In the trial court, the argument in opposition to the distribution requested by the personal representative was that the testator provided for the surviving spouse outside the will and that, therefore, Blanche was not entitled to an intestate share.9 In the alternative, the argument was that if Blanche was entitled to her intestate share of the estate, the share devised to the stepchildren did not abate.10 However, there was only unsubstantiated argument by counsel for the objecting party concerning the claimed transfers by way of jointly held funds and property outside the will. There was no evidence of the amount of the claimed transfers or of the source of the claimed transfers, i.e., whether the money and property came from the decedent's separate property, the surviving spouse's separate property, or from sources joint to both.11
The plain language of subsection 2301(2)(c) of the statute requires proof of intent that the transfers were to be a substitute for a testamentary provision, shown by the testator's statements, or that such intent could be inferred from the amount of the transfer or other evidence. The statute provides:
(2) Subsection (1) does not apply if any of the following are true:
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(c) The testator provided for the spouse by transfer outside the will, and the intent that the transfer be a substitute for a testamentary provision is shown by the testator's statements or is reasonably inferred from the amount of the transfer or other evidence.
On the record before us, there is a complete failure of proof with regard to any of the statutory standards; there was no evidence that the testator expressed any such intent; there was no evidence of the amount of any claimed transfers or of their sources, if they were made; and, there was no other evidence from which to reach any conclusion with regard to transfers outside the will. See Noble v. McNerney, 165 Mich.App. 586, 606, 419 N.W.2d 424 (1988); In re Cole Estate, 120 Mich.App. 539, 545, 328 N.W.2d 76 (1982).
The probate court did not refer to EPIC or to any statutory provision in reaching its decision. Instead, it looked to the will to determine the intent of the testator and based its dispositive ruling on that discerned intent. The court held that John intended to leave his estate to his wife and the eight individuals named, the children and stepchildren, in equal amounts. This is not at all the intent expressed in the will and, in fact, is contrary to the language of the will. Under the will, the surviving spouse took everything. The other beneficiaries would inherit only if John's wife predeceased him or died within thirty days of his death. So to say, as the probate court did, that the will expresses John's intent for his children and stepchildren to take in equal shares with his wife was clear error.
Regardless, the court's disposition violates the clear language of § 2301. The rules of statutory construction require that we reverse. Our primary goal in statutory interpretation is to give effect to the intent of the Legislature. Frankenmuth Mut. Ins. Co. v. Marlette Homes, Inc., 456 Mich. 511, 515, 573 N.W.2d 611 (1998). Nothing will be read into a clear statute that is not within the intent of the Legislature as derived from the language of the statute itself. Roberts v. Mecosta Co. Gen. Hosp., 466 Mich. 57, 63, 642 N.W.2d 663 (2002). Thus, we examine the language of the statute, and if it is clear and unambiguous, we are bound to apply it as written. In re Messer Trust, 457 Mich. 371, 379-380, 579 N.W.2d 73 (1998); Rheaume v. Vandenberg, 232 Mich.App. 417, 422-423, 591 N.W.2d 331 (1998).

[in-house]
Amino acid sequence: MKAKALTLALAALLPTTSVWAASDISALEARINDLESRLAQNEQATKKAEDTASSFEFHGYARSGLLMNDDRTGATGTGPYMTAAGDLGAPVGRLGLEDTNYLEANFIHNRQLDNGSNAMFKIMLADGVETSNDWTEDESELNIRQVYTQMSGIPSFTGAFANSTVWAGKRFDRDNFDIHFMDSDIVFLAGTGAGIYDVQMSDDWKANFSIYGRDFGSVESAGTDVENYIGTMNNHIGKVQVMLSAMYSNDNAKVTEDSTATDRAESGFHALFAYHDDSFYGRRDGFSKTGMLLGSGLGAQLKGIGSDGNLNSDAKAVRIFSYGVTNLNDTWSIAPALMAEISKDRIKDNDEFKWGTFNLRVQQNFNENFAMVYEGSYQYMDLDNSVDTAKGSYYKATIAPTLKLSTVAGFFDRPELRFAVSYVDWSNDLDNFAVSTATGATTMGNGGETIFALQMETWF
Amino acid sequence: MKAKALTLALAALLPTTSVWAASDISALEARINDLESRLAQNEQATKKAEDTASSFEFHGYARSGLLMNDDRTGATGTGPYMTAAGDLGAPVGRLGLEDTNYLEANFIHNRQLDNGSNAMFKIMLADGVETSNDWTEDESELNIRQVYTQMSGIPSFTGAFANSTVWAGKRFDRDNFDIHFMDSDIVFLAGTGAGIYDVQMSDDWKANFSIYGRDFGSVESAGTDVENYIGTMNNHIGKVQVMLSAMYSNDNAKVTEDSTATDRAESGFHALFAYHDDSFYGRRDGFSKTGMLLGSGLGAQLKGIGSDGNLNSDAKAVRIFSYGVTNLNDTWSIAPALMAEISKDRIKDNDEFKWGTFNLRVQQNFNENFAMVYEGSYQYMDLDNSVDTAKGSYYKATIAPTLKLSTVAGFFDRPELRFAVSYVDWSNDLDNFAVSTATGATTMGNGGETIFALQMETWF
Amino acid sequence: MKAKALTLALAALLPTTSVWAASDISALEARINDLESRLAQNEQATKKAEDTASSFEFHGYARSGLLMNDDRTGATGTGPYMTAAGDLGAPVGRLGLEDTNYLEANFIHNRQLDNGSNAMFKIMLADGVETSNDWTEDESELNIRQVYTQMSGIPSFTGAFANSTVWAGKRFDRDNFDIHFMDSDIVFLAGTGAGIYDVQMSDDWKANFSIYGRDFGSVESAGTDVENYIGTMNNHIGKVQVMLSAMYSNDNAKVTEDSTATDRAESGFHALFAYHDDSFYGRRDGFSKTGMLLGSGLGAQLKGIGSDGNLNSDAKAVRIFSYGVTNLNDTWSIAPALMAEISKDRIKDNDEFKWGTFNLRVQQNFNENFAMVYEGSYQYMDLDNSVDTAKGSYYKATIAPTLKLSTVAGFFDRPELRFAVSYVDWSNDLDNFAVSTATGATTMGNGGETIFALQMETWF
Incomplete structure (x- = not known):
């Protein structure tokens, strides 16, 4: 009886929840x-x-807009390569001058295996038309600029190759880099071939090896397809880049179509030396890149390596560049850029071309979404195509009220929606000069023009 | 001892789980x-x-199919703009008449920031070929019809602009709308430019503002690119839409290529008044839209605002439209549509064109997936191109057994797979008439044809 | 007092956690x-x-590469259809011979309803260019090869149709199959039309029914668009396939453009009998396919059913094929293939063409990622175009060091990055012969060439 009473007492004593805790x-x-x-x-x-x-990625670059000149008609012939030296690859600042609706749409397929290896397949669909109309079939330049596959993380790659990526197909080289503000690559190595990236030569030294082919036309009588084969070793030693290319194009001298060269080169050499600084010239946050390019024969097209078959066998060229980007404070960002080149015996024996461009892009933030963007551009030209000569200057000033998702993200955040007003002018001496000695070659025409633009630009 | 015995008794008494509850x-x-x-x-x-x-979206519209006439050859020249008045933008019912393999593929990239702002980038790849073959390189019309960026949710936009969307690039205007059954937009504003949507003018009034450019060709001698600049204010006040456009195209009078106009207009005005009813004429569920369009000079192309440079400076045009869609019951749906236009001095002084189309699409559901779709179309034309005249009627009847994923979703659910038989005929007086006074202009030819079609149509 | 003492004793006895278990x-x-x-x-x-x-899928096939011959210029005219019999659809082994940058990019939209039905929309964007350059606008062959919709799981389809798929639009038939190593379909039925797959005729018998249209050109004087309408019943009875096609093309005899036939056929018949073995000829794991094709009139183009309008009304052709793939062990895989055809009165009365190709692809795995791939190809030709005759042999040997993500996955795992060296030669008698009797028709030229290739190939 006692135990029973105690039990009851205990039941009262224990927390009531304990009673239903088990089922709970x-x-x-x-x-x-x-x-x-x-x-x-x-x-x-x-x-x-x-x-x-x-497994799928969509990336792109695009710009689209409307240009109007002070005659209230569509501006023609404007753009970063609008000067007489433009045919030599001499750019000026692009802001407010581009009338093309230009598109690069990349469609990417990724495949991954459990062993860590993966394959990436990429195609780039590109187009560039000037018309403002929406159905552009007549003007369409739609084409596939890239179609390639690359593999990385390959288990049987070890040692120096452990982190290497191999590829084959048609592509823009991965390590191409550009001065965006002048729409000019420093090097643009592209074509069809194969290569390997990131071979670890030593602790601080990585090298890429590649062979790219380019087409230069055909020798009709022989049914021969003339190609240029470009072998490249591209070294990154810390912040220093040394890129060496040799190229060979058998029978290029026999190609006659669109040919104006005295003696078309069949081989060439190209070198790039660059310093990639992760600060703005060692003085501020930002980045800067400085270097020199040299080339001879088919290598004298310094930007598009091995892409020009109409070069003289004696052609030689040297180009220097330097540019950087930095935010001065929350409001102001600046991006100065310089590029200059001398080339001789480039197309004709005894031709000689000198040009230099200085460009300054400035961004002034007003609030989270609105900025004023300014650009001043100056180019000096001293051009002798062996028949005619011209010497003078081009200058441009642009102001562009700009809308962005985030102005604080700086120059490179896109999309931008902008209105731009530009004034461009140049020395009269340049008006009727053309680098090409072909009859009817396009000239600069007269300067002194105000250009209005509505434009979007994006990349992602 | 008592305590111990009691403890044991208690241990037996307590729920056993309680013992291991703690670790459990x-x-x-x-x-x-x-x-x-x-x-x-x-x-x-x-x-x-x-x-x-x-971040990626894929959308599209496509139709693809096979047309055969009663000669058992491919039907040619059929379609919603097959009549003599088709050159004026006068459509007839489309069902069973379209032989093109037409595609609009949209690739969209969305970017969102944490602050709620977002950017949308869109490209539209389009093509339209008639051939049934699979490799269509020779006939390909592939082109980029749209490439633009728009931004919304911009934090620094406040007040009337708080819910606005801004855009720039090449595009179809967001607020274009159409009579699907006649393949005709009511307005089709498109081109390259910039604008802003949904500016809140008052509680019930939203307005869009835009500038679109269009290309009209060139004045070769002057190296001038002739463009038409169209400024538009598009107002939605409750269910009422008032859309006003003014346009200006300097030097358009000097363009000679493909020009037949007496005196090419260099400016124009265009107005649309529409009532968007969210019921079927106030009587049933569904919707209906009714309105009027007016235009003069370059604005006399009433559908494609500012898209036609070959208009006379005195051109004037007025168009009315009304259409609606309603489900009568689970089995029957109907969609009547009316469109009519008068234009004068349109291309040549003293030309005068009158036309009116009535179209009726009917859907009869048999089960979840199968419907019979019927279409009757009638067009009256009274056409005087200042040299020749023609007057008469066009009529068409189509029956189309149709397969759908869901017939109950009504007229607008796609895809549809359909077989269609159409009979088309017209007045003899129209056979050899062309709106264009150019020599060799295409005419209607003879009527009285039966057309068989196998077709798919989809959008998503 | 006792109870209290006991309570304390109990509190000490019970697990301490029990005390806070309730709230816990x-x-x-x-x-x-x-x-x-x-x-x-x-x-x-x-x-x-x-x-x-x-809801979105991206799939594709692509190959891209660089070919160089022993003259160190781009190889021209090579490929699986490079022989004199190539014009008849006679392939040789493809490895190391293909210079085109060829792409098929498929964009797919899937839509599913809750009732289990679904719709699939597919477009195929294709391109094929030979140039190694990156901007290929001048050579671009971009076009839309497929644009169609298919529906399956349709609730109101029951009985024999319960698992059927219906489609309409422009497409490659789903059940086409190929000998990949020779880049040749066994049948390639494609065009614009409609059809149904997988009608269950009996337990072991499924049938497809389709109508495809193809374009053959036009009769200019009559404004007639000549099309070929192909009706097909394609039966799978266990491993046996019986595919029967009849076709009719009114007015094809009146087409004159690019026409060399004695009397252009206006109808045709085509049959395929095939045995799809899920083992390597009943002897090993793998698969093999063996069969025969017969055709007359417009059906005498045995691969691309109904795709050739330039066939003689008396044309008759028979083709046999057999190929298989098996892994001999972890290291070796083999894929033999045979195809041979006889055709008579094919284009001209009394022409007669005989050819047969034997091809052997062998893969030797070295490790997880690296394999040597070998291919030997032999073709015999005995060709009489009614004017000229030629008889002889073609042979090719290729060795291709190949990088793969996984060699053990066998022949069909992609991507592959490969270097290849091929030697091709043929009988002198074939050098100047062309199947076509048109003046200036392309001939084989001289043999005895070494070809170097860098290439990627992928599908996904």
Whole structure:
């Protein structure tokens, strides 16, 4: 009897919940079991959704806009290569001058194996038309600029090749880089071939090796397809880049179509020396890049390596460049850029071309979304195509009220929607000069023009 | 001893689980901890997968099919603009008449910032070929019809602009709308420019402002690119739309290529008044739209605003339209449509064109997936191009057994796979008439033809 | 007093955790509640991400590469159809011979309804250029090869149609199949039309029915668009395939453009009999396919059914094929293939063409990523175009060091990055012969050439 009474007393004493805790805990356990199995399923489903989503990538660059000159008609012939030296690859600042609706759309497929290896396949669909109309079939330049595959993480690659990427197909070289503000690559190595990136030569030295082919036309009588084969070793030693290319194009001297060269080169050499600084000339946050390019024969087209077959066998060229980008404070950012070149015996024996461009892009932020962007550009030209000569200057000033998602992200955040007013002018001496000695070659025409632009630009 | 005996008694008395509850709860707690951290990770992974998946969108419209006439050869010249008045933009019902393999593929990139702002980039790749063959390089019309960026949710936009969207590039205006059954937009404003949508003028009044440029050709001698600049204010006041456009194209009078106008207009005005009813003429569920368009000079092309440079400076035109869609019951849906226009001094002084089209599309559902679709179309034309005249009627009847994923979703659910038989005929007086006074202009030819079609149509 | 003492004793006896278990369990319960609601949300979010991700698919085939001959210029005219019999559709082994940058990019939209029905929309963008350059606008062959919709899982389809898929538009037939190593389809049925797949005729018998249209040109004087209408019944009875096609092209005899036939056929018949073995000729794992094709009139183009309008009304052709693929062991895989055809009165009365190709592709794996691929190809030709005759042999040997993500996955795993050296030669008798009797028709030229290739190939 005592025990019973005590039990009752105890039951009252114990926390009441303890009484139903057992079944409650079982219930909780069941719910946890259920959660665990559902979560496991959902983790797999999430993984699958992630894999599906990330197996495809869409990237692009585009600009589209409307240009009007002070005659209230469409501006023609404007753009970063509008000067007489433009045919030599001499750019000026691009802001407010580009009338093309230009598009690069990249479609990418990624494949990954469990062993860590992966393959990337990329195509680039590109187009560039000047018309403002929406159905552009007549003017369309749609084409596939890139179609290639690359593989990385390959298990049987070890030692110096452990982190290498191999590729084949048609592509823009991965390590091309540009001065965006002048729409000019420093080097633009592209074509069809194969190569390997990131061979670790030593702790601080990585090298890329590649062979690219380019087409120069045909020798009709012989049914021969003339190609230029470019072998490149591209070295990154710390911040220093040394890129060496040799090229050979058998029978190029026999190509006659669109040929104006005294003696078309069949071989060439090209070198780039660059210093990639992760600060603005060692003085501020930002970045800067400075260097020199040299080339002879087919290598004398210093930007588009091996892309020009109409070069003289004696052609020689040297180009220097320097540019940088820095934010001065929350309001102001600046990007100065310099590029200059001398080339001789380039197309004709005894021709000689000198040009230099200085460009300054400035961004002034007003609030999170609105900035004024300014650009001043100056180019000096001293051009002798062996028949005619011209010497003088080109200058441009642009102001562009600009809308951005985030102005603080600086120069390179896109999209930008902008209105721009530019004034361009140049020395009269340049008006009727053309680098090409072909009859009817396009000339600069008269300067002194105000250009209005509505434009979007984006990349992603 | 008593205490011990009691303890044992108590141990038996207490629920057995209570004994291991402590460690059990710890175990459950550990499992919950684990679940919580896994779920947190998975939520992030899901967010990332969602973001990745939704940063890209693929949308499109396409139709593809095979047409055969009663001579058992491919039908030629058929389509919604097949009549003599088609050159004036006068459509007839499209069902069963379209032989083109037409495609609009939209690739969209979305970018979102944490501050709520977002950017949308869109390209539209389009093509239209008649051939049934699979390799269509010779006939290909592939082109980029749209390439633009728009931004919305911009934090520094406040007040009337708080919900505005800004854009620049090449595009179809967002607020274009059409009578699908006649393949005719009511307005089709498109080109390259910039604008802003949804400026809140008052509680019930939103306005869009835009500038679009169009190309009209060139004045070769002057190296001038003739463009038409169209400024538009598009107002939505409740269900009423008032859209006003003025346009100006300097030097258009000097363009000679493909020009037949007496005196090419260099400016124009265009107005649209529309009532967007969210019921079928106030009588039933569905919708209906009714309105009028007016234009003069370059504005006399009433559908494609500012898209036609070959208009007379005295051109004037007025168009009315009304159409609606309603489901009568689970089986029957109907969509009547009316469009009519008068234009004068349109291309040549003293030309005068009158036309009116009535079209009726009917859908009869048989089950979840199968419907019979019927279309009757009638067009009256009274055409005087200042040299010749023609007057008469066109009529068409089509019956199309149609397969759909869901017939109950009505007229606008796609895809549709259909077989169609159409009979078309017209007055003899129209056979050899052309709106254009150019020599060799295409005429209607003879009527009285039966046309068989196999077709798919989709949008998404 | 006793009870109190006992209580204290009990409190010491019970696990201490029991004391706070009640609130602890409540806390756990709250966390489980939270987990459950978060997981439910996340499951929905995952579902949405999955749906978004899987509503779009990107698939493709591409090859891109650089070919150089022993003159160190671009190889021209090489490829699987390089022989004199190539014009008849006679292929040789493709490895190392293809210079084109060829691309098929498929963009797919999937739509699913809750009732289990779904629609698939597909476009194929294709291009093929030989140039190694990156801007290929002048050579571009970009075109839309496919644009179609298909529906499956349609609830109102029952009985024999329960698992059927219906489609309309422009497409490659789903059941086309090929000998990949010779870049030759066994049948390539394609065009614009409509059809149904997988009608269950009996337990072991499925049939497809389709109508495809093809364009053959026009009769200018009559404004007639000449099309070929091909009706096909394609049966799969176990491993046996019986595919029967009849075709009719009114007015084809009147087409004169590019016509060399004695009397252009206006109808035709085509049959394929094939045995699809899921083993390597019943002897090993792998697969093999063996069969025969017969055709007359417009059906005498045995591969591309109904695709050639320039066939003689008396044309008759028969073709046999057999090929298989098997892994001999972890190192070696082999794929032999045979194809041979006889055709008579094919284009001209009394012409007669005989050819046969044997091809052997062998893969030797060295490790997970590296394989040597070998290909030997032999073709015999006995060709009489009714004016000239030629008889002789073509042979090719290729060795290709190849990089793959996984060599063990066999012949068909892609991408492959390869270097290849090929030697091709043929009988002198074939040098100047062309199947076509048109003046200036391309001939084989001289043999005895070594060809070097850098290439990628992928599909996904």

The specific language of M.C.L. § 700.2301 is clear and unambiguous and, combined with the definitional language of M.C.L. § 700.1103(f), compels our result. We hold that the proper distribution of John Smith Bennett's estate is that sought by the petition of the personal representative: 12-1/2 percent to Barbara Marko, child of the decedent; 12-1/ 2 percent to Jane Jakus, child of the decedent; 12-1/2 percent to Richard Bennett, child of the decedent; 12-1/2 percent to Shelly Beers, child of the decedent; and fifty percent to Blanche Bennett, the surviving spouse. The devises to the stepchildren abate, reducing them to zero.
Reversed and remanded for entry of an order consistent with this opinion. We do not retain jurisdiction.
1. John's four natural children were the issue of a previous marriage. His stepchildren were Aletha's children from a previous marriage.
2. The real estate had previously been the subject of negotiations for sale on land contract. The court granted the petition of the personal representative to sell the real estate in accordance with the earlier negotiations, subject to discount rates (fifteen percent) to close the estate and distribute the assets.
3. John had a fifth child who was incapacitated and who was expressly excluded from taking under the will, other provisions having been made for his care. A guardian ad litem represented this child in the probate court proceedings.
4. The personal representative filed a trial brief.
5. Only the appellants filed a brief on appeal.
6. The limited amount of estate assets in this case permits a distribution of the entire estate based on the percentages requested in the petition, because the available assets are less than the statutory intestate share to which Blanche is entitled. Thus, it is the size of the estate that dictates the particular result in this case, i.e., that the stepchildren's devises are reduced to zero.
7. The amount of the intestate share is limited by the provisions of M.C.L. § 700.2102.
8. M.C.L. § 700.2102(1)(f) allocates to a surviving spouse “[t]he first $100,000.00, plus 1/2 of any balance of the intestate estate, if none of the decedent's surviving descendants are descendants of the surviving spouse.”
9. The probate court did not rule specifically with regard to this argument.
10. The probate court's ruling, in essence, accepted the argument that the devises to the stepchildren did not abate, but the court cited no statutory authority for this conclusion, ruling only on the basis of its determination of the testator's intent.
11. It should be noted that the attorney for the objecting party, after consulting with his client, declined the trial court's offer of an adjournment that would have enabled him to conduct discovery and to provide proofs concerning the claims of transfers outside the will.
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Docket No: Docket No. 237986.
Decided: March 04, 2003
Court: Court of Appeals of Michigan.